SAN DIEGO – A new nonprofit institution plans to build a $115 million stem cell research facility in San Diego that would open by 2010.
Although funding still is being lined up, the San Diego Consortium for Regenerative Medicine proposes constructing a 23,740-square-foot building housing laboratories and support space.
The facility would be located on more than 7 acres owned by the University of California at San Diego in the Torrey Pines area biotechnology cluster.
The university is one of four members of the consortium. The others are the Burnham Institute, Salk Institute and Scripps Research Institute.
The state is expected to provide a large portion of the facility's funding. Californians in 2004 approved a measure creating a $3 billion stem cell research agency.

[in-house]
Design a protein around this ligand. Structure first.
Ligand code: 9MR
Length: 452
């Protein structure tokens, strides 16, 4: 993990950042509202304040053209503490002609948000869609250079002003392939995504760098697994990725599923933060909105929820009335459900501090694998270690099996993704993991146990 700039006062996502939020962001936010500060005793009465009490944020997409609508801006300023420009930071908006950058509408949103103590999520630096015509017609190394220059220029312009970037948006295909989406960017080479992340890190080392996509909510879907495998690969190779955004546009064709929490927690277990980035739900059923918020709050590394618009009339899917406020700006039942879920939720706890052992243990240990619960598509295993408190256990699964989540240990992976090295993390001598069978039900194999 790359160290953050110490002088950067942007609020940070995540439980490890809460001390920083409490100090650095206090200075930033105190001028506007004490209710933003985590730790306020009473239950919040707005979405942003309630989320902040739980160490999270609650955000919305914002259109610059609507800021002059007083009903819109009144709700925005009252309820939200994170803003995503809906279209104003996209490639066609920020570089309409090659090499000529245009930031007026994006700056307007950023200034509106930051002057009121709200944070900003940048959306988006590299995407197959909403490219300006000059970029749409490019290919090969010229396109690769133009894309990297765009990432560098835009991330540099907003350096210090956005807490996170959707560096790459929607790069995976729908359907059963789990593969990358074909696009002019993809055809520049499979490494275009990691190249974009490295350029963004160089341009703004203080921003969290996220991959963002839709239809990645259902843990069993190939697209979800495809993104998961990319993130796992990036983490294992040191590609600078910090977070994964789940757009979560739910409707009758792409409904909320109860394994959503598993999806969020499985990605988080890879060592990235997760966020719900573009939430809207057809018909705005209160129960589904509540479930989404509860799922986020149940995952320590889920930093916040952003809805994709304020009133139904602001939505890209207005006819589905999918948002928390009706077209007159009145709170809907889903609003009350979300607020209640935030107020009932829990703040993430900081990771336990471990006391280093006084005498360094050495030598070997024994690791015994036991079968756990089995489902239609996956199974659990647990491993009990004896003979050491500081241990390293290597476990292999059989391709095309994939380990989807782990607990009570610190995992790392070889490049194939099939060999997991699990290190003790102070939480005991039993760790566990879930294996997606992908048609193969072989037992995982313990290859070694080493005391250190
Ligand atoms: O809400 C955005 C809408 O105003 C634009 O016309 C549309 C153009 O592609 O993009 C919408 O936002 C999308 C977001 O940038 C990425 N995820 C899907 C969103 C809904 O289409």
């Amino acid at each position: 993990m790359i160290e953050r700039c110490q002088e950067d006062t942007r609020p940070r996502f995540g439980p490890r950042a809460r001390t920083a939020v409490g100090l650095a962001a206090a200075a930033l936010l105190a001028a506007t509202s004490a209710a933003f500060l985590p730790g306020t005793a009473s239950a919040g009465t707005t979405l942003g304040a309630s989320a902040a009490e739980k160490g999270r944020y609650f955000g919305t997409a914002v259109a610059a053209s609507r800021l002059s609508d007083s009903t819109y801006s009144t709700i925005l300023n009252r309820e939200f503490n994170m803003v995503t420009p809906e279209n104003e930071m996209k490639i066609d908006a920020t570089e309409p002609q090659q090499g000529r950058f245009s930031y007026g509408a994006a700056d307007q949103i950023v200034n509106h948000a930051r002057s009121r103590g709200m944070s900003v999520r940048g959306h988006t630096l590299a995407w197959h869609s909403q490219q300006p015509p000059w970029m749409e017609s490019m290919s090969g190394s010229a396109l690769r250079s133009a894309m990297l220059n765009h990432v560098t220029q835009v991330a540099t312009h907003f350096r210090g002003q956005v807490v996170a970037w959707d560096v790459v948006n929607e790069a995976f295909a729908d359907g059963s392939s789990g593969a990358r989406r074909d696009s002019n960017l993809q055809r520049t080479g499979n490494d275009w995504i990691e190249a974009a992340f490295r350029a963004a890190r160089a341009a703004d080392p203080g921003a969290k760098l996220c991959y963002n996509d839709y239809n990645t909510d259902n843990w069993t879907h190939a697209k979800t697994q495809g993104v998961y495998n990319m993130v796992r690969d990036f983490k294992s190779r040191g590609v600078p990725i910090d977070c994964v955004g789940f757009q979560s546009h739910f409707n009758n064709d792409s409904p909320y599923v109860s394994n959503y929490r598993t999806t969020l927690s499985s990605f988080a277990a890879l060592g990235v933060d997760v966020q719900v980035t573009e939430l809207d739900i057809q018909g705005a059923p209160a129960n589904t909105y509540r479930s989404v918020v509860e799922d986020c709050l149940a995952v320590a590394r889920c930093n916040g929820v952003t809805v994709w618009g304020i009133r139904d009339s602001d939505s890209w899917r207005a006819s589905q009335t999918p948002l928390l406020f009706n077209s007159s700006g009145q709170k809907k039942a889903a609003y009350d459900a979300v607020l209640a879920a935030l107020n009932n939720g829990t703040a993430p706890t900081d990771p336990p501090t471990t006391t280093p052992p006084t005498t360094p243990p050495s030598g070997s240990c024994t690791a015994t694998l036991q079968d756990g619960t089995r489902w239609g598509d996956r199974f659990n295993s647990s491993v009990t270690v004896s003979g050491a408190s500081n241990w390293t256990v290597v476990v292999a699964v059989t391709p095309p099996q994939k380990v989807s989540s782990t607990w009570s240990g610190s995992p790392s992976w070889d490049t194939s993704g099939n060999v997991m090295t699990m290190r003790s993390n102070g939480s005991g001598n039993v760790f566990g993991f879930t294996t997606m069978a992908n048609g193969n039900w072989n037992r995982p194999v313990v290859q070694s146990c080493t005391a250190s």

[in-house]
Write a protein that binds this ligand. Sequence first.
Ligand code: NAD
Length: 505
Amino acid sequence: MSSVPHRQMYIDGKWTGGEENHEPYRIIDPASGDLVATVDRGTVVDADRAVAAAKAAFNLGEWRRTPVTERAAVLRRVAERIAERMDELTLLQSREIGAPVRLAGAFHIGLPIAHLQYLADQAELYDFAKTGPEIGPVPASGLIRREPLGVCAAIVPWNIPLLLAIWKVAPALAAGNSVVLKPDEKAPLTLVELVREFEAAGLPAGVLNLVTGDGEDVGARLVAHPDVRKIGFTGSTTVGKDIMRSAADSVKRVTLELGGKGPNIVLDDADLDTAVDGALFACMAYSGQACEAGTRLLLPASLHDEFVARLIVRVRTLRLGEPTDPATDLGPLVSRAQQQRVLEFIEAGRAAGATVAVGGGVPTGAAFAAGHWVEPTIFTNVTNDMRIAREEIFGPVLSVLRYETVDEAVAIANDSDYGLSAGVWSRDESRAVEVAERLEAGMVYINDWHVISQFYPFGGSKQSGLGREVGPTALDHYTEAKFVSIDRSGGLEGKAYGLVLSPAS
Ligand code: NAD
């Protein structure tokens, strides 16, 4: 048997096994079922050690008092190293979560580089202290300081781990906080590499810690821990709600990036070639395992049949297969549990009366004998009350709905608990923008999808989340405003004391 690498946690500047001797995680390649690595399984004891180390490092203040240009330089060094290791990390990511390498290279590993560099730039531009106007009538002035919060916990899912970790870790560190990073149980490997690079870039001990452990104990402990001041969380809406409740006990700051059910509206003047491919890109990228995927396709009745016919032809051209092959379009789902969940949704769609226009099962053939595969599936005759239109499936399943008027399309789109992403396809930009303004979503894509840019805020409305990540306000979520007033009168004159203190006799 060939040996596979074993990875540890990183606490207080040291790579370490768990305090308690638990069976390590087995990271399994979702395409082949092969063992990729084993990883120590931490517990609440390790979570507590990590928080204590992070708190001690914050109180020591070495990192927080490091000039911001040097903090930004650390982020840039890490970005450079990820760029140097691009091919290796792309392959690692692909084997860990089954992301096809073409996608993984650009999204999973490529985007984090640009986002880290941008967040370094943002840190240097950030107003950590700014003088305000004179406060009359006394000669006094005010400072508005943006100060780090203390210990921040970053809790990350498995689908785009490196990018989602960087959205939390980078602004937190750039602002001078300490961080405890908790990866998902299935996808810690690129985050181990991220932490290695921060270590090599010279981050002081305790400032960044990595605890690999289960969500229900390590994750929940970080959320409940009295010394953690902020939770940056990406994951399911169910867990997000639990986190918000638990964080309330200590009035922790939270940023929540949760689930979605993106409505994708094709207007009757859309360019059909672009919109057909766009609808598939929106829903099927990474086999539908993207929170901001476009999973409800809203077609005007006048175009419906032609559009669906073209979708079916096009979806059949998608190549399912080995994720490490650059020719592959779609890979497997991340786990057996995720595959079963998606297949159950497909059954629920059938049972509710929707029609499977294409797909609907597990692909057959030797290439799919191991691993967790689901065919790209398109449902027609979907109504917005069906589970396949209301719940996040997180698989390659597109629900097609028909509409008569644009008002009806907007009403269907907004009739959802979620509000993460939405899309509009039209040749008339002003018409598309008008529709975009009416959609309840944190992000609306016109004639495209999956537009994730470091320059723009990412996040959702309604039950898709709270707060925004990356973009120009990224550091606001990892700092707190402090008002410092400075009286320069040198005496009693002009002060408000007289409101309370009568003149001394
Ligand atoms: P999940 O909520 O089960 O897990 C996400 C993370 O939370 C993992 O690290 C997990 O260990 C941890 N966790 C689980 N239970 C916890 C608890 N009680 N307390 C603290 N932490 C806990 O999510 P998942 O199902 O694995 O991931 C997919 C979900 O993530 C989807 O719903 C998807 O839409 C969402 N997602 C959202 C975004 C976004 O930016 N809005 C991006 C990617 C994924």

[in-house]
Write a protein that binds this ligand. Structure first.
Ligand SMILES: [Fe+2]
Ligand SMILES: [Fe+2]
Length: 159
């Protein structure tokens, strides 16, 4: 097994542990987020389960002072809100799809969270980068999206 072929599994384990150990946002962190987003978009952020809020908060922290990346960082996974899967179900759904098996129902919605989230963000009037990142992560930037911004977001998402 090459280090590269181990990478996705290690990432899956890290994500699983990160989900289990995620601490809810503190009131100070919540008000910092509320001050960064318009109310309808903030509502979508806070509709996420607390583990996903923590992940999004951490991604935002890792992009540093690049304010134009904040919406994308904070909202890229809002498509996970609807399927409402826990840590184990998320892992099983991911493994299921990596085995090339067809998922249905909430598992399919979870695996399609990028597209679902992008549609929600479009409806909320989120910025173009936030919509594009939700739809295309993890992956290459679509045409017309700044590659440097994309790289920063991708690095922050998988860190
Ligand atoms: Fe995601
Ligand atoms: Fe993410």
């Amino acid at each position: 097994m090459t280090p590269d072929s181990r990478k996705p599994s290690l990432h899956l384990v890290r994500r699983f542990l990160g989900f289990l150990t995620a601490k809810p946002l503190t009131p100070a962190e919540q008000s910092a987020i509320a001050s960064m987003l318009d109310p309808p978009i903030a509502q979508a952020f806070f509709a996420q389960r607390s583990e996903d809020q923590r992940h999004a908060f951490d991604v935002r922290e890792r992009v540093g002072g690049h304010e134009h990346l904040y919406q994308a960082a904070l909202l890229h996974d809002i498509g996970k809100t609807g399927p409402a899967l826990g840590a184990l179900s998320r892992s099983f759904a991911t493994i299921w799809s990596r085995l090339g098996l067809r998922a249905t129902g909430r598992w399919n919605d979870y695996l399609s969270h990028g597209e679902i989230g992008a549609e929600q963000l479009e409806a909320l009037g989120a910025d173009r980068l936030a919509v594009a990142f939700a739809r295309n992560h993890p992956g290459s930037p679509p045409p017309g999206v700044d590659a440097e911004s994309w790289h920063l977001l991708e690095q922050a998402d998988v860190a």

A panel for the state agency has determined the San Diego consortium is eligible for $43 million. A condition to receive the state funds is that the building be completed by 2010.
Consortium officials estimate they would need to raise at least an additional $72 million to complete the center's funding. They said an out-of-state donor whom they decline to name has agreed to contribute $30 million.
"I believe strongly that this consortium will, in time, lead to significant scientific advances and life-saving results," said Marye Anne Fox, chancellor of UC San Diego.
Human embryonic stem cells are created in the first days after conception and give rise to all organs and specialized tissues in the body. Many social conservatives oppose the work because human embryos are destroyed during research. Scientists lately have created the equivalent of embryonic stem cells from ordinary skin cells, an embryo-free technique.